So, when a vendor giddily speaks of their integration tools, I have to wonder why? Is it because they have a dog’s breakfast of cobbled together stuff? Is it because they lack a lot of key functionality and must connect numerous partner products together to give the appearance of a suite? Or, is it because they just want to showcase how buyers can easily tap into their solutions marketplace? The last answer is the only viable answer.
Bottom line: If you’re going to speak about integration technology in the context of ERP or HR, get clear on why integration matters and exactly how your approach adds value to the customer/prospect.
A recession is coming and HR’s doing what?
A show like this attracts a number of industry analysts and I polled a few as to what they’re noticing. One of them shared the perspective that a recession is coming and that vendors don’t know how to address such a topic and that prospects seem oblivious to the changes about to affect them.
The oblivious point caused me to dig in for more. This analyst saw a lot of interest in smart bots by HR show attendees, but doubted that many of them really understand that:
- These technologies will quickly automate away a lot of the work that many HR employees do today. Clerical functions, support calls, error corrections, policy clarifications, etc. are going to the bots.
- The new HR may be staffed with a different kind of team member that is highly skilled in algorithm design, social sciences, machine learning, natural language processing, etc.
- Alternatively, the new HR department may contain only a fraction of its current staff complement. Employers could permanently retain the headcount savings. This is the scenario a colleague most frets about.
I too share recession concerns, although nothing like what we saw occur in 2009. That said, I am always chagrined at the number of exhibitors and buyers looking for that nice little tuck-in piece of HR technology (eg: we’re looking for a background check tool). These buyers are looking to modernize their HR suite by adding a pinch of peripheral, incremental tech to the ancient HR suite still in use. These buyers are creating their own unappetizing and costly collection of HR technology and it won’t solve as many business problems as it should.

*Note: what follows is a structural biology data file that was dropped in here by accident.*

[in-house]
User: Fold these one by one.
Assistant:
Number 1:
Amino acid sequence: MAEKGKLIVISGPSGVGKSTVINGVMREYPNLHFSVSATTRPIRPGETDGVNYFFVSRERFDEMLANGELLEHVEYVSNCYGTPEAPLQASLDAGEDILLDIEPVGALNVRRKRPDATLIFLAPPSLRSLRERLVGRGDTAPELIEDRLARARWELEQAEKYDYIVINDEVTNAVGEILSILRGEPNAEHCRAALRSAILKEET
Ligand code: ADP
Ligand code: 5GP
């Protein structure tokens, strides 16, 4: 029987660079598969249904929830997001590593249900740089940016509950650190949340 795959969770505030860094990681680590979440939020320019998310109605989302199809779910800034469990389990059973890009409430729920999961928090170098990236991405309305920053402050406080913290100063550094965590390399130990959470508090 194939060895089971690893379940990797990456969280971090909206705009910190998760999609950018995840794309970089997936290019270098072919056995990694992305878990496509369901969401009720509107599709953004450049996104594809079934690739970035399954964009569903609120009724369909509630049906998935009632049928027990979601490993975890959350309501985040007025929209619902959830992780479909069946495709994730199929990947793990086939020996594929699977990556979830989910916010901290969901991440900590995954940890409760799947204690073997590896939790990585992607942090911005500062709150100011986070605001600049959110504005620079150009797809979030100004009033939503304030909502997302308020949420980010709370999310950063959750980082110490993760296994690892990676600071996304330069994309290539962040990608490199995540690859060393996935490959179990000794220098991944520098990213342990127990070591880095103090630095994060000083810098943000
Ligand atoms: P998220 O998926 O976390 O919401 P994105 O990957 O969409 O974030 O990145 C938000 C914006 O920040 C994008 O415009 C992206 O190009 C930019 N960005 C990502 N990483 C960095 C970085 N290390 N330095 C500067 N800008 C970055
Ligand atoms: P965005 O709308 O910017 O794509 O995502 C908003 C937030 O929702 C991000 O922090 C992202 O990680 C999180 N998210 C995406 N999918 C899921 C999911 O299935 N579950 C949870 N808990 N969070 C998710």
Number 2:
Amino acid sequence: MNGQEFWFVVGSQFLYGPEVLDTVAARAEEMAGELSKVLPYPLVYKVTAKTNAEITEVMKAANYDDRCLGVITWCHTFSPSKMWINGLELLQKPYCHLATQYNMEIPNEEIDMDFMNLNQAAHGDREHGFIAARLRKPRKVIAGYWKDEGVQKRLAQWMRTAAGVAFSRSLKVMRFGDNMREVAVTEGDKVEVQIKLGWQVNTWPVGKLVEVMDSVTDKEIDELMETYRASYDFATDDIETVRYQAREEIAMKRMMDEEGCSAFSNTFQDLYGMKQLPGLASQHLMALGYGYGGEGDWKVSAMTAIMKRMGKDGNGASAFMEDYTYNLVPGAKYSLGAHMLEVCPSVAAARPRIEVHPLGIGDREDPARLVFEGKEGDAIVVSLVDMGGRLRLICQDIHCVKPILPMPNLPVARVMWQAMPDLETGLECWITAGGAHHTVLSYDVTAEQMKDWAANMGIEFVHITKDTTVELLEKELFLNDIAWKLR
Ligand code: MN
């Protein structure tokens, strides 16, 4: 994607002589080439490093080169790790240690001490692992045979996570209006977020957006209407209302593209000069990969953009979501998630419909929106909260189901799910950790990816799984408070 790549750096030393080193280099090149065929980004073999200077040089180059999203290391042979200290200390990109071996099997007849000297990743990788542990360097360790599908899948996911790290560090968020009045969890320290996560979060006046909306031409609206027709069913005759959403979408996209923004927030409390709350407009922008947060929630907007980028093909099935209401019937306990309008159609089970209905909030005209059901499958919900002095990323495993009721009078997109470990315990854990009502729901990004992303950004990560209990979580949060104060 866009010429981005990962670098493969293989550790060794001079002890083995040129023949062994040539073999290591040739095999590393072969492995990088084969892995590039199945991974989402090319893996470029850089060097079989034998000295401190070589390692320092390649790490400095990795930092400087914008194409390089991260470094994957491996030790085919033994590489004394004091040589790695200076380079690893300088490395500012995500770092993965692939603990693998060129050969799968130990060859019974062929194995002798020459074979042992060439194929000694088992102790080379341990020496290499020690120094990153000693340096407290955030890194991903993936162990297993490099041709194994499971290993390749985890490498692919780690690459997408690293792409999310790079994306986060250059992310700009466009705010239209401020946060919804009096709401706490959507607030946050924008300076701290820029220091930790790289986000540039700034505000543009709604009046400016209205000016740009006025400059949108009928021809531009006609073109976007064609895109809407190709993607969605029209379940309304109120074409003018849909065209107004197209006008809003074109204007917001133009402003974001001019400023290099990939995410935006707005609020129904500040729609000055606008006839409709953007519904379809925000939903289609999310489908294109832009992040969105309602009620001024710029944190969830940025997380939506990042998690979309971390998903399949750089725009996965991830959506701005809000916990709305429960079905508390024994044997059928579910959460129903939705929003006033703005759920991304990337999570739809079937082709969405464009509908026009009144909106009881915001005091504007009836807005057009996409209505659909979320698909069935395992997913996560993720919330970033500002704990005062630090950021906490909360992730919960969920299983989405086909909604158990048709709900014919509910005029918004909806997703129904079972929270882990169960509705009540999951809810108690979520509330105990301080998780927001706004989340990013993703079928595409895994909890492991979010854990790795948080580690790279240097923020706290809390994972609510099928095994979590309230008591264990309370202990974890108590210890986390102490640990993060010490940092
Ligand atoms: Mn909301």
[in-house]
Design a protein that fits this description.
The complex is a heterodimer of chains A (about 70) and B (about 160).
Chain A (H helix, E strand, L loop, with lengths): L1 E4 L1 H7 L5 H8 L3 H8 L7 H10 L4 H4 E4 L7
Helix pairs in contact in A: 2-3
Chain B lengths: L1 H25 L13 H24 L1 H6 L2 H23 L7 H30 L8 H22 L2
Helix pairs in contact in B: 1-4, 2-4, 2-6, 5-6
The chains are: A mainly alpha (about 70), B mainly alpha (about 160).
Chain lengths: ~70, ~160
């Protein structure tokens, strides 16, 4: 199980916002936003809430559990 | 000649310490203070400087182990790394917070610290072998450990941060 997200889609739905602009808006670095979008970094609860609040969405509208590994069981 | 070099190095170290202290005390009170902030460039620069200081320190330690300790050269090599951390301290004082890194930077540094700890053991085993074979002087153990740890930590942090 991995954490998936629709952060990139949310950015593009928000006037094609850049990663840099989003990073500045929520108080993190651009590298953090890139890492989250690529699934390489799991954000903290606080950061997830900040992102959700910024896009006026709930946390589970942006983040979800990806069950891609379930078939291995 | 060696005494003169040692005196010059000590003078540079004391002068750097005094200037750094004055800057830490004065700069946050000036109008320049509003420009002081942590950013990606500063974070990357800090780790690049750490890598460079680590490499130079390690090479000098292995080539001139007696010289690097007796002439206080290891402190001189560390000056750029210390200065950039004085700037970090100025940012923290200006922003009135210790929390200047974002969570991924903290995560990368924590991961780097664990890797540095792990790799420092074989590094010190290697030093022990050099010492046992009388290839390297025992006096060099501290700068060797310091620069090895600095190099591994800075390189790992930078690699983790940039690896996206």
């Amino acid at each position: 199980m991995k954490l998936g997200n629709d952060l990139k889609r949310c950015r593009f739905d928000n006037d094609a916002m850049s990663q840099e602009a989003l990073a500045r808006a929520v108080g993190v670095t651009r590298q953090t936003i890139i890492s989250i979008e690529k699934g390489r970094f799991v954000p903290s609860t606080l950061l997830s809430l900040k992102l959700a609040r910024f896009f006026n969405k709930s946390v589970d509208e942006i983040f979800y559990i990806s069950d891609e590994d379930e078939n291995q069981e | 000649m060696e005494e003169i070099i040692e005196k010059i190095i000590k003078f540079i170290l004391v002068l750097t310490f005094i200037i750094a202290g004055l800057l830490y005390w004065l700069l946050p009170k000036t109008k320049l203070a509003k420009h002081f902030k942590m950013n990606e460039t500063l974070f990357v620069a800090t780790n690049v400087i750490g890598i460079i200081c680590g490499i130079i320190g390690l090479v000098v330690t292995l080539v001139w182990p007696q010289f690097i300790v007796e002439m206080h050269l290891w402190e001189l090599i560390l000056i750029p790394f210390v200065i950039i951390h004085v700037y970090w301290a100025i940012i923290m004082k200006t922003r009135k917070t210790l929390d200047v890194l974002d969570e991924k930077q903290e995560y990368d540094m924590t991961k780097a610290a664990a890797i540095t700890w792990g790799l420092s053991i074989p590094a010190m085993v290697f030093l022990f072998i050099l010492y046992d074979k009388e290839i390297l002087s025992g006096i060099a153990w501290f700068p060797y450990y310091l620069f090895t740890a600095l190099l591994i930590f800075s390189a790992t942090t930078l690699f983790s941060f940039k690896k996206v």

Key question: Are HR software buyers focused on the right business problems and solutions?
Where’s the love?
I also presented at this show. I covered the growing expectations gap of HR software buyers and what is available out there for them to purchase. As presentations go, it was one of my ‘tough love’ talks where I didn’t really wax poetically or longingly about the technologies out there and how they’d cure all manner of workforce woes. Frankly, I’m not big on the content-light talks (e.g., “Engagement – it’s not just for weddings anymore!”) as I prefer to address tough, complex, strategic matters that business leaders (ie: my clients) should be focused on.
When I do one of those talks, I can sometimes stun the audience. This time, I ended up talking to a record 20% of the audience afterwards. They approached me right after the presentation, at the show, via email/LinkedIn and one pair of attendees even buttonholed me at McCarran Airport in the old terminal that Southwest uses. That’s a lot of people that are struggling with HR technology decisions.
What I learned from these audience members is that:
- Firms, even big ones, are struggling with the offerings of major ERP/HR software vendors. The solutions may not be straightforward to implement. Some, contrary to their marketing hype, aren’t capable of (or can’t support well) private cloud or on-premises deployments in addition to their public cloud offerings. And good luck if you need an ITAR or FedRamp solution.